Heavy fighting broke in northern Mexico after the security forces seized one of the sons of jailed drug kingpin Joaquín "El Chapo" Guzmán.
Fighting raged for several hours after Ovidio Guzmán López was found during a routine patrol in the city of Culiacán.
Footage on Mexican TV showed armed men with heavy weapons firing on police, with vehicles, bodies and burning barricades strewn across the street. Mr Guzmán was later released - to avoid further violence, the authorities said.
How Mexico's drug kingpin fell victim to his own legend. El Chapo: Five things to know. Shocking allegations in 'El Chapo' trial. Mexico's security minister, Alfonso Durazo, said a patrol of National Guard militarised police came under heavy fire from within the house where Mr Guzmán was being held, forcing them to retreat for their own safety.
Mr Guzmán was arrested but later released, "to avoid more violence in the area and preserve the lives of our personnel and recover calm in the city", Mr Durazo said.
Mexico's President Andrés Manuel López Obrador said he would hold a meeting of his security cabinet to discuss the incident.
Mr Obrador was elected on a platform of cracking down on Mexico's drug cartels, and has tasked a new security force, the National Guard, with fighting them.
Under El Chapo's leadership, the Sinaloa cartel was the biggest supplier of drugs to the US, officials say.
With El Chapo now behind bars, the cartel is said to be partially controlled by Ovidio Guzmán, who is accused of drug trafficking in the US.
What happened in Culiacán?
The state government said Ovidio Guzmán was found in a house by a police patrol on a routine search.
It said cartel members subsequently launched the huge attack in an attempt to seize him back from the authorities.
Ovidio Guzmán, said to be in his 20s, is believed to have played a key role in the Sinaloa cartel, following the arrest of his father.
He is wanted in the US on several drug-related charges, Mexican media report.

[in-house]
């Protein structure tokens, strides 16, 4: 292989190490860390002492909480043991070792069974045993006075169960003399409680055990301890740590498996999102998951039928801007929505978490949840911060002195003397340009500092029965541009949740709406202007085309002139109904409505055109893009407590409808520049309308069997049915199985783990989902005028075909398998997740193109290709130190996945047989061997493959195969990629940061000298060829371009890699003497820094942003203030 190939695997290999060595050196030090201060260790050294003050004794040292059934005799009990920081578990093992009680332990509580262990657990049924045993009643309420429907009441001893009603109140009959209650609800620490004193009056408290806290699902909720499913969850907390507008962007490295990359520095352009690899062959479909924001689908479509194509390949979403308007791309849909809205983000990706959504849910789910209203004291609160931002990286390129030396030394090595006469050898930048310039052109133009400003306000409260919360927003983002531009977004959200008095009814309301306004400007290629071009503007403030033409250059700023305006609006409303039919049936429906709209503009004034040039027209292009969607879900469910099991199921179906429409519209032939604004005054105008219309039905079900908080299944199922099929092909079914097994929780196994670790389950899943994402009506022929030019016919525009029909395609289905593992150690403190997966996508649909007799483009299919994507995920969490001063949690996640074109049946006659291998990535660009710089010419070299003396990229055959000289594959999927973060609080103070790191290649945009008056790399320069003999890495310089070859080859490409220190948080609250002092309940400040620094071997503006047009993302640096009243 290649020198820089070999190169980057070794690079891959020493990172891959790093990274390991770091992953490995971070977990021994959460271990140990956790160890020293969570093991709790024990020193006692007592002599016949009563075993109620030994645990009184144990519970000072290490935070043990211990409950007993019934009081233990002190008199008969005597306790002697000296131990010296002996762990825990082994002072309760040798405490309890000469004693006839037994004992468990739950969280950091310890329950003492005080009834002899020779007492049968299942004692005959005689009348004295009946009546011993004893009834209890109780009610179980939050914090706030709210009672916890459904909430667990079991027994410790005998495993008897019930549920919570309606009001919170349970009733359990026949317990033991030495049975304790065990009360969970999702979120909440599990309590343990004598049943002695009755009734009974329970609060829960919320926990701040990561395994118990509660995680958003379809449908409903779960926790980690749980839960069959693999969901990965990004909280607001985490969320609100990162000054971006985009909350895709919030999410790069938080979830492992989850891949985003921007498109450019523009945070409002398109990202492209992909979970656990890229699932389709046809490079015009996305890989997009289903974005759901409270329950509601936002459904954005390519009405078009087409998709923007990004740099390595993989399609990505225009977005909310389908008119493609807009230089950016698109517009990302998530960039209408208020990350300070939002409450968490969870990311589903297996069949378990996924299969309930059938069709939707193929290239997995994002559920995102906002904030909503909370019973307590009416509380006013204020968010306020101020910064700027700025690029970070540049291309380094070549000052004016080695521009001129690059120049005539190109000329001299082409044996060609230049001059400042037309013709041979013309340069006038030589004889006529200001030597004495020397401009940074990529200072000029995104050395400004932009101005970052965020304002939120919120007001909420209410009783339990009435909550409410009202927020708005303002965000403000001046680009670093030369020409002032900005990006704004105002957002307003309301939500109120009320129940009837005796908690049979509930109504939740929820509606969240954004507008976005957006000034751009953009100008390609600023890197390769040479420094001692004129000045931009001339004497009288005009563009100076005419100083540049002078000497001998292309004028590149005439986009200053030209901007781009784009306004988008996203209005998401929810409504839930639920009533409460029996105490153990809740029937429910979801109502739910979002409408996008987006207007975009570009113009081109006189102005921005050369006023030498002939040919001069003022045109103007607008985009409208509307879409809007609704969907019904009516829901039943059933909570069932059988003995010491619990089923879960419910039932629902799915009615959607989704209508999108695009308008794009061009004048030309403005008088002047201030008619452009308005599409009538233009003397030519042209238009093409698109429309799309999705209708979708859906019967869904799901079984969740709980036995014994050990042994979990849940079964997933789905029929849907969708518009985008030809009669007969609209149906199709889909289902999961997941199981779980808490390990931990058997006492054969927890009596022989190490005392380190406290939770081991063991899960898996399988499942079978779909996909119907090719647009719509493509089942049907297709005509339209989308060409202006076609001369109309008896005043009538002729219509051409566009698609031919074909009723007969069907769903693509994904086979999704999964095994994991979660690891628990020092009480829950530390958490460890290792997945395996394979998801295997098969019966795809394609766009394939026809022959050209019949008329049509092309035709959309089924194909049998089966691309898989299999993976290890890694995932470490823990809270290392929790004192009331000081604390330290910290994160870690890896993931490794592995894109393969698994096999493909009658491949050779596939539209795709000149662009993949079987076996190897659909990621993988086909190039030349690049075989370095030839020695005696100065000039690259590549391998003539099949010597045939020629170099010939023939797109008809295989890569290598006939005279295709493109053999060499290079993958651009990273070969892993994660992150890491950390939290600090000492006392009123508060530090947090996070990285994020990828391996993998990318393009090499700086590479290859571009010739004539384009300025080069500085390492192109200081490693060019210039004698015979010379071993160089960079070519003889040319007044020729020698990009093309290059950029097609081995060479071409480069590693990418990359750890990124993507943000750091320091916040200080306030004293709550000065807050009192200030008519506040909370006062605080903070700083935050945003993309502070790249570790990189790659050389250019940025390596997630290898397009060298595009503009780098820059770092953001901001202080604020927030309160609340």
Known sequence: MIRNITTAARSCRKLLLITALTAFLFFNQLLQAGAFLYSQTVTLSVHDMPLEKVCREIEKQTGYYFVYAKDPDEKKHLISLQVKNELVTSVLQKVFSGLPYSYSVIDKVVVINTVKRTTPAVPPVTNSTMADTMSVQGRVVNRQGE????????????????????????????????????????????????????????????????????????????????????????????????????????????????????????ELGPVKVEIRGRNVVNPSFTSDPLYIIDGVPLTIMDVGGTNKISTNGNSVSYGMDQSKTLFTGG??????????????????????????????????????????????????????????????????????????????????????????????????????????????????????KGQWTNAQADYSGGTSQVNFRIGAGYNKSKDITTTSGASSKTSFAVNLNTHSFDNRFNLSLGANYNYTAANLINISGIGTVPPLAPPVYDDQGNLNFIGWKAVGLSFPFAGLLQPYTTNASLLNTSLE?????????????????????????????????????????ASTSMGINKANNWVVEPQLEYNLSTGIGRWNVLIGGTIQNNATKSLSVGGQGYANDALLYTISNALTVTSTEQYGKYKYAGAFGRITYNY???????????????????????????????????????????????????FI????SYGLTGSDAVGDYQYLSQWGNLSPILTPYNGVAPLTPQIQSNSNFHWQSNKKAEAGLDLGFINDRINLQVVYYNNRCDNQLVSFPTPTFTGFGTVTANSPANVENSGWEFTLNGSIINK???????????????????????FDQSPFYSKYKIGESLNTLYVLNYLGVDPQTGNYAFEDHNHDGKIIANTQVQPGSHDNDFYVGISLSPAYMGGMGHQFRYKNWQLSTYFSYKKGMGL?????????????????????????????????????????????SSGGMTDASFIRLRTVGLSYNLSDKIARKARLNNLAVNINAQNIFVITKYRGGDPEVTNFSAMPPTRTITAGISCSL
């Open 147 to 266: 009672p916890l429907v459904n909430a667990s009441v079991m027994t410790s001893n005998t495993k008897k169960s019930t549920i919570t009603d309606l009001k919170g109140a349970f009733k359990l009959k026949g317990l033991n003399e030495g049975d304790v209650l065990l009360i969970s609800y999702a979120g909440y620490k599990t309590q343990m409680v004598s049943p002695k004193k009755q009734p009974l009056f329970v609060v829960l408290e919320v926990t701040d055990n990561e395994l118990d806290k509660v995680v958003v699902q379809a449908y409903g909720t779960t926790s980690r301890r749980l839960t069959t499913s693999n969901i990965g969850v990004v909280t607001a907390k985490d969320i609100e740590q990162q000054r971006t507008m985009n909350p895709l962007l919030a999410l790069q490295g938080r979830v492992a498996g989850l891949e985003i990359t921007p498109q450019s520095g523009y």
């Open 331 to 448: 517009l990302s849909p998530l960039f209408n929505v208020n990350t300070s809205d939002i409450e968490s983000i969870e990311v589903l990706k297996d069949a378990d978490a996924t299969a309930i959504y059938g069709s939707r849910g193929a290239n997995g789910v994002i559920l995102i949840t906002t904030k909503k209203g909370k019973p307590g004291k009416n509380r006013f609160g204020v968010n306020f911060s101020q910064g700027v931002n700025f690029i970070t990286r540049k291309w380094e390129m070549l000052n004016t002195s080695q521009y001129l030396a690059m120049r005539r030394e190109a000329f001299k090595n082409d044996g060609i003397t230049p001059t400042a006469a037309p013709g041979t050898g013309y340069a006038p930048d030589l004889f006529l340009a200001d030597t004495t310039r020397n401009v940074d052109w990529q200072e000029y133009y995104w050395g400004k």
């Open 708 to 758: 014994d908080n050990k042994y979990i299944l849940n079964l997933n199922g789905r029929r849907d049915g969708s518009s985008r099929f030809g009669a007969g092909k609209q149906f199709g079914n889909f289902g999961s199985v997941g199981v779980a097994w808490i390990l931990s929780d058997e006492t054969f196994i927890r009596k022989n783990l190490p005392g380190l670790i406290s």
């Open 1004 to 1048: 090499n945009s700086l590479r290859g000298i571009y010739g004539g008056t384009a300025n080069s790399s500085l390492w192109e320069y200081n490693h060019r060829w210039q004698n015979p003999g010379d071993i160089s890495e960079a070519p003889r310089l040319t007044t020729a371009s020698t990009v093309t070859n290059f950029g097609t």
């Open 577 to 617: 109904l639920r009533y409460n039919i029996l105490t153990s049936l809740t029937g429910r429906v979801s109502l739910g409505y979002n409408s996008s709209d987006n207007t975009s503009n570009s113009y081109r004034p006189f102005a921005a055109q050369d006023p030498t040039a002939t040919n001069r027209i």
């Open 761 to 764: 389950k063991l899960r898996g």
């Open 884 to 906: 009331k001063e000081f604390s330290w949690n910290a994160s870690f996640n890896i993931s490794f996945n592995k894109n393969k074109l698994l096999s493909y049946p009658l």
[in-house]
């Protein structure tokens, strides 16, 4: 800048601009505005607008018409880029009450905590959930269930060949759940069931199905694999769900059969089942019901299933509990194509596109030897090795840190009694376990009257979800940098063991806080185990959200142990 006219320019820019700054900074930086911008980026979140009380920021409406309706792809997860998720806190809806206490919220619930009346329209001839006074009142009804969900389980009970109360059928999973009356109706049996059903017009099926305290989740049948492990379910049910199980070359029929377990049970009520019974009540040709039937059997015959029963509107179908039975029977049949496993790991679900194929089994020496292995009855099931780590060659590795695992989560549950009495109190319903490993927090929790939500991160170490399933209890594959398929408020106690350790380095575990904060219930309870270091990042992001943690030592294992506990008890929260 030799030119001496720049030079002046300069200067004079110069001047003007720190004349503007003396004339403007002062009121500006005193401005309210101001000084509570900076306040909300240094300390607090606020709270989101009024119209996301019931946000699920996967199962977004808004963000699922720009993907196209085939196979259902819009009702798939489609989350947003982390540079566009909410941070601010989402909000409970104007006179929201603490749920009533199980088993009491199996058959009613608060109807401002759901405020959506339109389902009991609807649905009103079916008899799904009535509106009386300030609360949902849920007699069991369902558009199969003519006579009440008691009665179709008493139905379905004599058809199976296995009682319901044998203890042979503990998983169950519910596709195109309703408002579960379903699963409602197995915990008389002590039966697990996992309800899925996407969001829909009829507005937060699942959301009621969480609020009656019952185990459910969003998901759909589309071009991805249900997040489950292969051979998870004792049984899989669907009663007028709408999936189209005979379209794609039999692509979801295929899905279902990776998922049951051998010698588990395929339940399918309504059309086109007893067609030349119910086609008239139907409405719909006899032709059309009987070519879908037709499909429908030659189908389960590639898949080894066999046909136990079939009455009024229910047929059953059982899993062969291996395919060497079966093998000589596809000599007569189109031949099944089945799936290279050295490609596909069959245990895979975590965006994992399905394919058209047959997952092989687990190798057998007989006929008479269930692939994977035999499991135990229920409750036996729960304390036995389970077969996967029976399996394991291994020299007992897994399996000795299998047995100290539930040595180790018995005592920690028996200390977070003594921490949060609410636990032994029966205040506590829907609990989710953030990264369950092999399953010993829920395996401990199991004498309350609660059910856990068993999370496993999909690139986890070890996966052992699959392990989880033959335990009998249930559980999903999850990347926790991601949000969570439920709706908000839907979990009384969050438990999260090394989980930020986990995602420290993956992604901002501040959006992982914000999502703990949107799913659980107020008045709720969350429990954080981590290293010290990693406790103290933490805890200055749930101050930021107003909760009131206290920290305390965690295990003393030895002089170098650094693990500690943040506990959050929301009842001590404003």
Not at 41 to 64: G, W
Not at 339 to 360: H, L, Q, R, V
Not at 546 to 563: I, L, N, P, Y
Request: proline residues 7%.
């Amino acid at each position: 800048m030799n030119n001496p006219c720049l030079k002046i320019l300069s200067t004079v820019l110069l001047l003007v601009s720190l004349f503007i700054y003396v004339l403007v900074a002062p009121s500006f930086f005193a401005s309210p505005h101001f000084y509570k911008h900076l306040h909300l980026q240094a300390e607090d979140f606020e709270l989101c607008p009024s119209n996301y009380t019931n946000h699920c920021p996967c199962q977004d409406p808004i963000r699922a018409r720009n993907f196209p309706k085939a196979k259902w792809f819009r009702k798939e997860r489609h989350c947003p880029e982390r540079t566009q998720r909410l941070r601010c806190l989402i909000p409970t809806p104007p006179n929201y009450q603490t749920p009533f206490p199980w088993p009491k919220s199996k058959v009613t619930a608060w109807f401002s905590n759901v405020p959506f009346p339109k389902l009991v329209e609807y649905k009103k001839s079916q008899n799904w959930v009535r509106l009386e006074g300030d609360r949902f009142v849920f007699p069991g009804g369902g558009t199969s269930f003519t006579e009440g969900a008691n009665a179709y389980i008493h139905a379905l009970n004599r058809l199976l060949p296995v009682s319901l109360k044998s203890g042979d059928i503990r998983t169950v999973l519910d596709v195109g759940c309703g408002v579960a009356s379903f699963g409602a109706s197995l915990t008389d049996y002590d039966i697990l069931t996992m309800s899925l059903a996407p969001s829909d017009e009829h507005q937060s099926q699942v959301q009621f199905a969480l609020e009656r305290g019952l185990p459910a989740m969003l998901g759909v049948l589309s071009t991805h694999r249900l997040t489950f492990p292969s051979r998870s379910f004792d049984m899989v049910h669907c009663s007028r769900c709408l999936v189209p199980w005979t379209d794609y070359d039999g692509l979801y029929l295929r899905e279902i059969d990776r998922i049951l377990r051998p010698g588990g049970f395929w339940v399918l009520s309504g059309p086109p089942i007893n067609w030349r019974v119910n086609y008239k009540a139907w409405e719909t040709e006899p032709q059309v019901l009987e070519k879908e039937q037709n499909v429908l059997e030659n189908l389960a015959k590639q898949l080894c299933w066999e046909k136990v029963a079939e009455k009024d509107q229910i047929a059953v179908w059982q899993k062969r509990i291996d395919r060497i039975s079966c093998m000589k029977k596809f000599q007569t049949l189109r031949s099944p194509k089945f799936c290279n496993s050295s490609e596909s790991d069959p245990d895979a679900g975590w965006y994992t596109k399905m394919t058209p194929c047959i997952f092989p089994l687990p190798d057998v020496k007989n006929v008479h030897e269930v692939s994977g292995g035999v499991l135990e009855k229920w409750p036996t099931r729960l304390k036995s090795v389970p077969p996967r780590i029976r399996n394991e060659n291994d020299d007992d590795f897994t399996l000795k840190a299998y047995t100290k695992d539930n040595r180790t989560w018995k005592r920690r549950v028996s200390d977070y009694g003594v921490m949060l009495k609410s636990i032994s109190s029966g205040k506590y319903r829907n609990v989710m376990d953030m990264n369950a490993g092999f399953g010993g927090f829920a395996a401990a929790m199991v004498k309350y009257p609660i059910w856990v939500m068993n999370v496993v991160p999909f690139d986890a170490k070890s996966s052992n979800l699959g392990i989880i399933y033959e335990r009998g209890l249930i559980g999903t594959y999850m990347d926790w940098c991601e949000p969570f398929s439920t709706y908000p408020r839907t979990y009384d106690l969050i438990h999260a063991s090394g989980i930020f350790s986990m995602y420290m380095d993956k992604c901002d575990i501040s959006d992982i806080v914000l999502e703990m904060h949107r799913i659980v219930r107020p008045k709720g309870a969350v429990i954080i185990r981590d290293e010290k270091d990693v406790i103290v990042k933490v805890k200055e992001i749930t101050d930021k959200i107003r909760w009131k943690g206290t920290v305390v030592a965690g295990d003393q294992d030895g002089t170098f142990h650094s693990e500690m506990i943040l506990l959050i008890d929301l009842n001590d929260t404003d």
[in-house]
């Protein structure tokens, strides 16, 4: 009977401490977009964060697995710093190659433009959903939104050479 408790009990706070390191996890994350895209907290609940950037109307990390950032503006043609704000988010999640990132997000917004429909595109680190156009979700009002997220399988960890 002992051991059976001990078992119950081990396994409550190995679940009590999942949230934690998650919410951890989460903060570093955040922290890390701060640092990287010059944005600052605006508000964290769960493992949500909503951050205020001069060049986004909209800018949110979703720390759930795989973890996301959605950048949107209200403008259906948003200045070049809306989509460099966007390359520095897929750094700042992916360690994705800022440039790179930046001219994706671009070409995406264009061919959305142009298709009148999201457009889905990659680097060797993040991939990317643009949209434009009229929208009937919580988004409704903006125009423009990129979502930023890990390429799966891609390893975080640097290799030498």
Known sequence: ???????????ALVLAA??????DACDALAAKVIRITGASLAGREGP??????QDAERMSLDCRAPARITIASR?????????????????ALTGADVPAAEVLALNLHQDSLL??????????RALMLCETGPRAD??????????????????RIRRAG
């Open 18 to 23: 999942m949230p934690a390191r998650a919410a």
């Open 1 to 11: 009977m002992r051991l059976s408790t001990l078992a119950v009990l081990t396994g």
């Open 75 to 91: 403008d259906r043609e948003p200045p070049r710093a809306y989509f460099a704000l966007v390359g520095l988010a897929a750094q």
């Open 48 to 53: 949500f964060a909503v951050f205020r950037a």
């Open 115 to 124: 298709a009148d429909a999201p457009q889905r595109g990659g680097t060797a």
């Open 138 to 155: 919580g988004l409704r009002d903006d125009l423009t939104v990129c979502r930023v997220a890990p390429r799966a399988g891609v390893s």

The battle to free Ovidio Guzmán from police broke out near the state prosecutor's office, with fighting then spreading to several other parts of the city.
There have been no official reports of fatalities, but pictures have emerged apparently showing dead bodies on the streets.
Some police officers were wounded, the Sinaloa state government told Reuters news agency, without elaborating on how many or their condition.
As fighting brought the city to a standstill, the Sinaloa state government said an unknown number of inmates had escaped from the Aguaruto prison.
The state government said it was "working to restore calm and order in the face of the high-impact incidents that have occurred in recent hours in various points around Culiacán", AFP news agency reports.
It called on residents to "remain calm, stay off the streets and be very attentive to official advisories on the evolving situation".
'City under siege'
By BBC Mexico correspondent Will Grant The commercial district of Culiacán resembled a battlefield, with cars and jeeps set on fire and a large deployment of military vehicles.
Panic spread in the city as sustained fighting took place between scores of cartel gunmen - in pick-up trucks with machine guns mounted on them - and a large deployment of police and the military.
In the middle of the chaos, a jailbreak involving a number of prisoners also apparently took place in the city as the cartel tried to sow greater confusion in the effort to recover their leader. What was El Chapo's role in Mexico's drug trade? "El Chapo" (or "Shorty") ran the Sinaloa cartel across northern Mexico.
Over time, it became one of the biggest traffickers of drugs to the US. In 2009, Guzmán entered Forbes' list of the world's richest men at number 701, with an estimated worth of $1bn (£775m).
He escaped a Mexican jail through a tunnel in 2015, but was later arrested. He was extradited to the United States in 2017.
He was accused of having helped export hundreds of tonnes of cocaine into the US and of conspiring to manufacture and distribute heroin, methamphetamine and marijuana.
Who is 'El Chapo' Guzmán?
Mexico's most-wanted: A guide to the drug cartels
Shocking allegations in 'El Chapo' trial
He was also said to have used hitmen to carry out "hundreds" of murders, assaults, kidnappings and acts of torture on rivals.
Key associates, including one former lieutenant, testified against Guzmán.
Guzmán, 62, was found guilty in New York of 10 charges, including drug trafficking and money laundering. Source: BBC